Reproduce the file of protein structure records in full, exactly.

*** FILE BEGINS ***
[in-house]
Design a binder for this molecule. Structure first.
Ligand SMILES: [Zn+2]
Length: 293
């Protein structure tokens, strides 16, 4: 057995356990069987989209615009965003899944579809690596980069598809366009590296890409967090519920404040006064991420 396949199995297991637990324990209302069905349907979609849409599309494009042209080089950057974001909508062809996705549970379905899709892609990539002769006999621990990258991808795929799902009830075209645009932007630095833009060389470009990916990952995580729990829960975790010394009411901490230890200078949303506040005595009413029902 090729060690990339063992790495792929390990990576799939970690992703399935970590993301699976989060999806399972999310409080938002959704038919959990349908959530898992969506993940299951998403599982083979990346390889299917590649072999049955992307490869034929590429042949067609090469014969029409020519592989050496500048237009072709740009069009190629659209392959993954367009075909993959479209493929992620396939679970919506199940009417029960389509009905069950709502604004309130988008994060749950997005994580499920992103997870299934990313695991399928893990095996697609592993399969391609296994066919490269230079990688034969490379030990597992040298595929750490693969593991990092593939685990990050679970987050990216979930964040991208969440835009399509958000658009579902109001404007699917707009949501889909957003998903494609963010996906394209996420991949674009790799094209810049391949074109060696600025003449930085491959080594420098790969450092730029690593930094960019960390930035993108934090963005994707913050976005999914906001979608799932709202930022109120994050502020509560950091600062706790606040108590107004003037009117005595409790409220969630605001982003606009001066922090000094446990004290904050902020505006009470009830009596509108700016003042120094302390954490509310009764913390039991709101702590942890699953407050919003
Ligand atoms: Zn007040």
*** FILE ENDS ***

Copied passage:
[in-house]
Design a binder for this molecule. Structure first.
Ligand SMILES: [Zn+2]
Length: 293
């Protein structure tokens, strides 16, 4: 057995356990069987989209615009965003899944579809690596980069598809366009590296890409967090519920404040006064991420 396949199995297991637990324990209302069905349907979609849409599309494009042209080089950057974001909508062809996705549970379905899709892609990539002769006999621990990258991808795929799902009830075209645009932007630095833009060389470009990916990952995580729990829960975790010394009411901490230890200078949303506040005595009413029902 090729060690990339063992790495792929390990990576799939970690992703399935970590993301699976989060999806399972999310409080938002959704038919959990349908959530898992969506993940299951998403599982083979990346390889299917590649072999049955992307490869034929590429042949067609090469014969029409020519592989050496500048237009072709740009069009190629659209392959993954367009075909993959479209493929992620396939679970919506199940009417029960389509009905069950709502604004309130988008994060749950997005994580499920992103997870299934990313695991399928893990095996697609592993399969391609296994066919490269230079990688034969490379030990597992040298595929750490693969593991990092593939685990990050679970987050990216979930964040991208969440835009399509958000658009579902109001404007699917707009949501889909957003998903494609963010996906394209996420991949674009790799094209810049391949074109060696600025003449930085491959080594420098790969450092730029690593930094960019960390930035993108934090963005994707913050976005999914906001979608799932709202930022109120994050502020509560950091600062706790606040108590107004003037009117005595409790409220969630605001982003606009001066922090000094446990004290904050902020505006009470009830009596509108700016003042120094302390954490509310009764913390039991709101702590942890699953407050919003
Ligand atoms: Zn007040």